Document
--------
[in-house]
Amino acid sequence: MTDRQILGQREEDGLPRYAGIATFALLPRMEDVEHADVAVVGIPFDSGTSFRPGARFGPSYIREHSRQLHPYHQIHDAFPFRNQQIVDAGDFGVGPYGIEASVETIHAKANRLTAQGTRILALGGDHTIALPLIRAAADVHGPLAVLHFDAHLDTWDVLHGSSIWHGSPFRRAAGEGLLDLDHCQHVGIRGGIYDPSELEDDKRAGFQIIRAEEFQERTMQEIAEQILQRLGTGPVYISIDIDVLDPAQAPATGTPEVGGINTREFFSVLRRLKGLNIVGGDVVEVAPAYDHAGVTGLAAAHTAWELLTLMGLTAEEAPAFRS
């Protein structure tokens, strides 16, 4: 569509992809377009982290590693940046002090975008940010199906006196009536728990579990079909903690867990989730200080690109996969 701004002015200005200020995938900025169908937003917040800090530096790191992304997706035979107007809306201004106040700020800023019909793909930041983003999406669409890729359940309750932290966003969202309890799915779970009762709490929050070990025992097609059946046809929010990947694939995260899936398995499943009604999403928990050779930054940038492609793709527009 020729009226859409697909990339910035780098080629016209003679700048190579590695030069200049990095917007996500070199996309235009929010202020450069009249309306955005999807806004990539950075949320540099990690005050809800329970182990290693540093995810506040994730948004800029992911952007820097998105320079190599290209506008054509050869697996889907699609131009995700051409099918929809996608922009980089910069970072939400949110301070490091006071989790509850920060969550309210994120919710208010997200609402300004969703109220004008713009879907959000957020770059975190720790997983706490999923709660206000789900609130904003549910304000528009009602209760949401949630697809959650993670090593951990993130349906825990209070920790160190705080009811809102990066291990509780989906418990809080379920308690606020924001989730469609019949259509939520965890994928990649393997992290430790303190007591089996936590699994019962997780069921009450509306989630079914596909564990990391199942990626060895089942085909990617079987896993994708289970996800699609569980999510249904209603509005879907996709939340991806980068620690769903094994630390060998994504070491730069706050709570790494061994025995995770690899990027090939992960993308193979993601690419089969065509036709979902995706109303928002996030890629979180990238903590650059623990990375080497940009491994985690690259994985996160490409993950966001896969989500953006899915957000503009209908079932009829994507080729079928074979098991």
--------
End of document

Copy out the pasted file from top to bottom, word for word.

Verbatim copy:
[in-house]
Amino acid sequence: MTDRQILGQREEDGLPRYAGIATFALLPRMEDVEHADVAVVGIPFDSGTSFRPGARFGPSYIREHSRQLHPYHQIHDAFPFRNQQIVDAGDFGVGPYGIEASVETIHAKANRLTAQGTRILALGGDHTIALPLIRAAADVHGPLAVLHFDAHLDTWDVLHGSSIWHGSPFRRAAGEGLLDLDHCQHVGIRGGIYDPSELEDDKRAGFQIIRAEEFQERTMQEIAEQILQRLGTGPVYISIDIDVLDPAQAPATGTPEVGGINTREFFSVLRRLKGLNIVGGDVVEVAPAYDHAGVTGLAAAHTAWELLTLMGLTAEEAPAFRS
């Protein structure tokens, strides 16, 4: 569509992809377009982290590693940046002090975008940010199906006196009536728990579990079909903690867990989730200080690109996969 701004002015200005200020995938900025169908937003917040800090530096790191992304997706035979107007809306201004106040700020800023019909793909930041983003999406669409890729359940309750932290966003969202309890799915779970009762709490929050070990025992097609059946046809929010990947694939995260899936398995499943009604999403928990050779930054940038492609793709527009 020729009226859409697909990339910035780098080629016209003679700048190579590695030069200049990095917007996500070199996309235009929010202020450069009249309306955005999807806004990539950075949320540099990690005050809800329970182990290693540093995810506040994730948004800029992911952007820097998105320079190599290209506008054509050869697996889907699609131009995700051409099918929809996608922009980089910069970072939400949110301070490091006071989790509850920060969550309210994120919710208010997200609402300004969703109220004008713009879907959000957020770059975190720790997983706490999923709660206000789900609130904003549910304000528009009602209760949401949630697809959650993670090593951990993130349906825990209070920790160190705080009811809102990066291990509780989906418990809080379920308690606020924001989730469609019949259509939520965890994928990649393997992290430790303190007591089996936590699994019962997780069921009450509306989630079914596909564990990391199942990626060895089942085909990617079987896993994708289970996800699609569980999510249904209603509005879907996709939340991806980068620690769903094994630390060998994504070491730069706050709570790494061994025995995770690899990027090939992960993308193979993601690419089969065509036709979902995706109303928002996030890629979180990238903590650059623990990375080497940009491994985690690259994985996160490409993950966001896969989500953006899915957000503009209908079932009829994507080729079928074979098991």